AEI on Tort Reform, Corporate Taxation

By August 1, 2007Briefly Legal, Taxation

A couple of interesting, manufacturing-relevant papers coming out of the American Enterprise Institute in recent days. Ted Frank has a new analysis of the just-completed Supreme Court term and its rulings on tort reform (and ancillary issues), “The Roberts Court and Liability Reform.” Summary:

In its most recent term, the Supreme Court deferred decisions on the constitutionality of punitive damages and the power of the administrative branches to declare preemptive effect to regulation by making minimalist incremental decisions, but it also took some dramatic steps in other cases that will have a lasting effect. The Roberts Court regularly recognizes the limits of litigation and the dangers of judicial aggrandizement, while expressing an increasing willingness to get involved in the nitty-gritty of business litigation cases that the Rehnquist Court largely avoided. We should therefore be cautiously optimistic about future developments as important cases about federal preemption and the scope of securities laws come before the Court in October Term 2007.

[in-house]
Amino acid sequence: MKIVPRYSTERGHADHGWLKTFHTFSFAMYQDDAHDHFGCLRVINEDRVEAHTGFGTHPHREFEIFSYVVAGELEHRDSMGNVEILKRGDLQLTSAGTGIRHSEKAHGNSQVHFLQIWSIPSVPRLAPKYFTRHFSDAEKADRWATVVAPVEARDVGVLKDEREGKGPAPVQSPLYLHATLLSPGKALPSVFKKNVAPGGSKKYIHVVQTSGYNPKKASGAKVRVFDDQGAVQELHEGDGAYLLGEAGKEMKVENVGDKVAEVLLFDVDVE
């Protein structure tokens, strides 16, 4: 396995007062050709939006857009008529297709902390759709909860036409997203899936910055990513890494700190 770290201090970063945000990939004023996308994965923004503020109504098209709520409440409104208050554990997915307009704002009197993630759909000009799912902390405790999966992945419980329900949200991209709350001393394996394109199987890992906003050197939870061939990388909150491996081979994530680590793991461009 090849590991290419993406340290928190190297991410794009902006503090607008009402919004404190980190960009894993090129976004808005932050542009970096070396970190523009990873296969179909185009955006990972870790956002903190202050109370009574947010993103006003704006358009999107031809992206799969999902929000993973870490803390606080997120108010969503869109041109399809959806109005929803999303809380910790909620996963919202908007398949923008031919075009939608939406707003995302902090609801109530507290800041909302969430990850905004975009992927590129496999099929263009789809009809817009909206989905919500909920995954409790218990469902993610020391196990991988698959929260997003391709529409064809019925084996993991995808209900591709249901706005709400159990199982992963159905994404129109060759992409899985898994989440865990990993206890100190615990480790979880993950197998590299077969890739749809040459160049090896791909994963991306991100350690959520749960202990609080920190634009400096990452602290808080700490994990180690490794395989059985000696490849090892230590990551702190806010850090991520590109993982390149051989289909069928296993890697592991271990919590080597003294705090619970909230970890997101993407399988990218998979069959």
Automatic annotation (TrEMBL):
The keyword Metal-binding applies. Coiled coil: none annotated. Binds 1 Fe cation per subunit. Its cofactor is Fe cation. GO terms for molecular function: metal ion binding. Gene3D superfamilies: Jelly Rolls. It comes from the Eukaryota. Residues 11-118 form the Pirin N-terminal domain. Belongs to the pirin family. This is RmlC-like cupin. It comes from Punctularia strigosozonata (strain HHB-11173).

And Alex Brill and Kevin A. Hassett have analyzed corporate tax rates in OECD countries, drawing relationship to the revenues they raise in a working paper entitled, “Revenue-Maximizing Corporate Income Taxes.”

Corporate tax rates have been in decline for over two decades. This is true globally, although cuts have been more significant among developed nations where initial rates tended to be higher. Significant increases in trade, foreign direct investment and globalization have occurred over the same period, and increased capital mobility may have led to increased rewards from tax competition. In addition, clever tax managers may be able to use direct investment and transfer pricing to locate profits in low tax countries with increasing competence. If so, the benefits of being a low tax country, and costs of being a high tax country, might be significantly higher today than they were in the early 1980s.

Which would be a conclusion consistent with the NAM’s white paper on taxation and global competition. It’s “A 21st Century Tax Policy to Promote Job Creation and Economic Growth.”

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